Frans Albert Nyblom


Born 16.05.1887

Place Bromarv, Finland

Ethnic origin Finnish

Religion Church of England

Father Rederick Nyblom

Mother Eva Saderland (Soderlund)

Family

Wife Norah Nyblom (Parfrey), married 1920, son Nyblom, Francis Alfred, b.1924

Arrived at Australia
from Liverpool, England
on 18.12.1913
per Celtecglaw
disembarked at Melbourne

Residence before enlistment Melbourne

Occupation 1916 sailor, 1942 able seaman, ships officer

Service 1
service number 1891
enlisted 29.02.1916
POE Melbourne
unit 38th Battalion
rank Private
place Western Front, 1916
casualties WIA, POW 1916
final fate RTA 31.01.1919
discharged 11.08.1919 MU

Service 2 (WWII)
service number V353219
enlisted 28.031942
POE Kensington, Vic.
unit 1 st Bn, VDC
discharged 7.10.1945

Naturalisation 1920

Residence after the war Melbourne

Materials

Digitised naturalisation (NAA)

Digitised WWI service records (NAA)

Digitised Embarkation roll entry (AWM)

Digitised Red Cross wounded and missing file (AWM)

Red Cross POW file (AWM)

Statement as POW (AWM)

Alien registration (NAA)

Personal case file (NAA)

Digitised WWII service records (NAA)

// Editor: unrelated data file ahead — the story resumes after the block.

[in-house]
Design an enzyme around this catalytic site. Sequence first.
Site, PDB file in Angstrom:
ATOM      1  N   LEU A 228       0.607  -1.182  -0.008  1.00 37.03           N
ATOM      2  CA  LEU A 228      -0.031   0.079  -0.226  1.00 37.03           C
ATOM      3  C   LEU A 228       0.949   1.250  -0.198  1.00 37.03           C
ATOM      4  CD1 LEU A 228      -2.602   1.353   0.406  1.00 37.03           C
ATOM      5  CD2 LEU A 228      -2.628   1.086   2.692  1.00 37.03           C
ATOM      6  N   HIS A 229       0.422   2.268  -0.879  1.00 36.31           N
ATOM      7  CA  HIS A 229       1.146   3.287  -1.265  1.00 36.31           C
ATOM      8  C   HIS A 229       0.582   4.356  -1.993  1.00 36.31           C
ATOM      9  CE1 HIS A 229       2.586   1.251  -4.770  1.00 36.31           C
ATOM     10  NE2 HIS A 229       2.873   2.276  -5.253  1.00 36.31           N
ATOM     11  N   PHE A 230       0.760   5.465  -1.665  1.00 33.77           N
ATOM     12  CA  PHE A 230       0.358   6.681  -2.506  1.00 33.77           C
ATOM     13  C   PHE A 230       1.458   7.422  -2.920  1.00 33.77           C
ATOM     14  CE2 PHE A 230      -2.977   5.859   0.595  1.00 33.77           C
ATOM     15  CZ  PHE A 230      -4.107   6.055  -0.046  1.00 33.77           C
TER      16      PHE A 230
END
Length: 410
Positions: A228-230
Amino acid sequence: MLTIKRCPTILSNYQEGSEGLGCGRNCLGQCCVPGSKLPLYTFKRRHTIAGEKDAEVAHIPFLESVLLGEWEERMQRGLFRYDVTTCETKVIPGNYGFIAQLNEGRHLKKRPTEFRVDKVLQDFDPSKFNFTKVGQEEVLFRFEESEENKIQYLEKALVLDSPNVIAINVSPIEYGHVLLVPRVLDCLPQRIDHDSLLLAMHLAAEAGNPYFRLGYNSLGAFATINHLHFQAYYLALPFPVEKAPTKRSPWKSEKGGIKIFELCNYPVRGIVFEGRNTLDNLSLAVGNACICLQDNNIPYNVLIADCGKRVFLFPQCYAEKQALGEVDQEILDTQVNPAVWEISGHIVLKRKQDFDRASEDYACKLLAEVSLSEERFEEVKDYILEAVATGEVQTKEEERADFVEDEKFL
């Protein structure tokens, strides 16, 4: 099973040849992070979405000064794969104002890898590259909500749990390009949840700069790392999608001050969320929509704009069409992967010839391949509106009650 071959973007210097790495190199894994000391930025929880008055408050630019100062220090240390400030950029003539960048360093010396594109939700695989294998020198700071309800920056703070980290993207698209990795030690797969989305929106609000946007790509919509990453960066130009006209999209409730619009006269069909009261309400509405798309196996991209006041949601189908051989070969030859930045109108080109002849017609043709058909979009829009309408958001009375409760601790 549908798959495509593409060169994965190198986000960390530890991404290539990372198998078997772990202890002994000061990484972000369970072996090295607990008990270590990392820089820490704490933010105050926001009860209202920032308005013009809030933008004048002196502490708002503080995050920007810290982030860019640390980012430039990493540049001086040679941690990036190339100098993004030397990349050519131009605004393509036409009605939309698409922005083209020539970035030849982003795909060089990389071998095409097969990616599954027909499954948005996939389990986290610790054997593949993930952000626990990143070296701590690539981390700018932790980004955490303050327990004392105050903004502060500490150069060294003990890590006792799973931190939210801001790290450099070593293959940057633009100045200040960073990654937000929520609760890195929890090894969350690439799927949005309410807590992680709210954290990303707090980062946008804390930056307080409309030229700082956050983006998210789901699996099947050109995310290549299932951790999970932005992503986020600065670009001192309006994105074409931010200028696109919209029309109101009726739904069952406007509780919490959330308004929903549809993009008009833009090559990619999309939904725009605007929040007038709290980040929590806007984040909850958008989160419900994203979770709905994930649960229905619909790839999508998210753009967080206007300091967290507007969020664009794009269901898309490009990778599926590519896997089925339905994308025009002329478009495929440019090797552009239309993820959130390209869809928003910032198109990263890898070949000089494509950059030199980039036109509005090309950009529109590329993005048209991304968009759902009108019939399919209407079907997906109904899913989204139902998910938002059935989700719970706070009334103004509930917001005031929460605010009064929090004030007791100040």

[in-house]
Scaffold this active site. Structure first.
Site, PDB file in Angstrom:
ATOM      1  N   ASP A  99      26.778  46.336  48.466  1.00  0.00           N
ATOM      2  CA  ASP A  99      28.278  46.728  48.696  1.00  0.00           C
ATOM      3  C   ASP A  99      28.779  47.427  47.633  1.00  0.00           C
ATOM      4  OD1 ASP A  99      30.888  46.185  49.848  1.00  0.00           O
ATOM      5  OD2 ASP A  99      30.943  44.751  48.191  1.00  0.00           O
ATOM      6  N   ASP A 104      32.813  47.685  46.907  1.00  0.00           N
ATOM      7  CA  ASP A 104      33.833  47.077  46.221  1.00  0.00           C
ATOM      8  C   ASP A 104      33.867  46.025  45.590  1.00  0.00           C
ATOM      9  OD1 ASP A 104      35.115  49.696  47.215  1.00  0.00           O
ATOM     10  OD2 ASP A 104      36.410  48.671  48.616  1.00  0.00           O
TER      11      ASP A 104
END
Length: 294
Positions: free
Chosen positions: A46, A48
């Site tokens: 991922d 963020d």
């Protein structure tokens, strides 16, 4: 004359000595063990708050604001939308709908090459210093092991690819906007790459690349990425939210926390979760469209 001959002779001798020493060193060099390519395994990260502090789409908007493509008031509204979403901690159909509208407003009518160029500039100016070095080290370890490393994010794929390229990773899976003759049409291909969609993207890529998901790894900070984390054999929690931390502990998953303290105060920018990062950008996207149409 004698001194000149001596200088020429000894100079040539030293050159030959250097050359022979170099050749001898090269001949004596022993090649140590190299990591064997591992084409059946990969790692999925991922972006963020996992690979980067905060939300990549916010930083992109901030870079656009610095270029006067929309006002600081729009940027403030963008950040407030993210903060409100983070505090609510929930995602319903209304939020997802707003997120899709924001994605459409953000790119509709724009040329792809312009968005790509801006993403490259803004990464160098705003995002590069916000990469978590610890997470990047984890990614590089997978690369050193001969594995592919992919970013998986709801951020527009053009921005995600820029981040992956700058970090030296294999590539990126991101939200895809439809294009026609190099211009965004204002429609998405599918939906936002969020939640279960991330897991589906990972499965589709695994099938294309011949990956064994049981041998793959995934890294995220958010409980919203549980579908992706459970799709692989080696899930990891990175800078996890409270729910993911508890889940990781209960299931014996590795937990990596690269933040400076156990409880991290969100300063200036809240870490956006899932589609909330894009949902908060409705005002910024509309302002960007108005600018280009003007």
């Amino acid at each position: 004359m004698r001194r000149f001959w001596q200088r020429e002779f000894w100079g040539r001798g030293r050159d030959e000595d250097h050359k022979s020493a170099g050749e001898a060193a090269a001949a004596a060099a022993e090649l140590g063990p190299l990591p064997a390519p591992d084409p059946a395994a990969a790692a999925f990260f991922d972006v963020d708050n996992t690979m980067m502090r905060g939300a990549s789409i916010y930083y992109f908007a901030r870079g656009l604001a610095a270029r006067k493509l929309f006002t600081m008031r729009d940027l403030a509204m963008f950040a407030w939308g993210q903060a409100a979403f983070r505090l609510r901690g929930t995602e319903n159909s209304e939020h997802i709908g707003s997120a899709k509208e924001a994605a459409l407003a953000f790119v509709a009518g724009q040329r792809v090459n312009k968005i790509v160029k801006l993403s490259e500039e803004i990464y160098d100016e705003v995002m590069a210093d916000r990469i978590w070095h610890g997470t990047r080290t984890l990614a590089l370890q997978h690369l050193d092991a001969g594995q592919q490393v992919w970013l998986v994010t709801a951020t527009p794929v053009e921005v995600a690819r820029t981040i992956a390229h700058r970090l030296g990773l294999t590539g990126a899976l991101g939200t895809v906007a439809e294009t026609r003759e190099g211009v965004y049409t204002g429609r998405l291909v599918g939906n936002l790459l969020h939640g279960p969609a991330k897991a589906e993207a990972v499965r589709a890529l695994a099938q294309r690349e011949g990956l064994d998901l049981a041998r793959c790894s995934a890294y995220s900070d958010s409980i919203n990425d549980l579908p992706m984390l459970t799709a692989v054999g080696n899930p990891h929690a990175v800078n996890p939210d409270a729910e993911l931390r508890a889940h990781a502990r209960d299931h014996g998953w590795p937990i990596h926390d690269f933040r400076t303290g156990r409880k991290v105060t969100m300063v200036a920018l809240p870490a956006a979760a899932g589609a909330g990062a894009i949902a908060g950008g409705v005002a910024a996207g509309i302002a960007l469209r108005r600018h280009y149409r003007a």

Blog article

Russian

English

From Russian Anzacs in Australian History:

During the winter months of 1916-17 the Australian 1st, 2nd, 4th and 5th Divisions were holding positions near Gueudecourt, engaged in what the official history referred to as 'minor operations'. [...] The Finnish seaman Frans Albert Nyblom tells about one such 'minor' operation at Armentières one night in December: 'I was with a party of Bombers ... Our objective was to enter the enemy trenches, remain there 15 minutes, do as much damage as possible and then return.' No sooner had they started to cut the wire than enemy machine-guns opened up and the Australians were pinpointed by the search-lights, although they still managed to throw a few bombs. Every member of this party of eight was killed or wounded, and it was believed Nyblom had been killed, too. Sergeant W.S. Roe gave evidence, saying: 'Nyblom, I am almost sure, was immediately in front of me. In fact his body must have received several bullets that were intended for me. I have no doubt that that person was killed.' Others saw him 'absolutely riddled with bullets'. Nyblom did survive, however; wounded in the foot, he lay out on no-man's-land until morning, when he was found by the Germans and taken prisoner.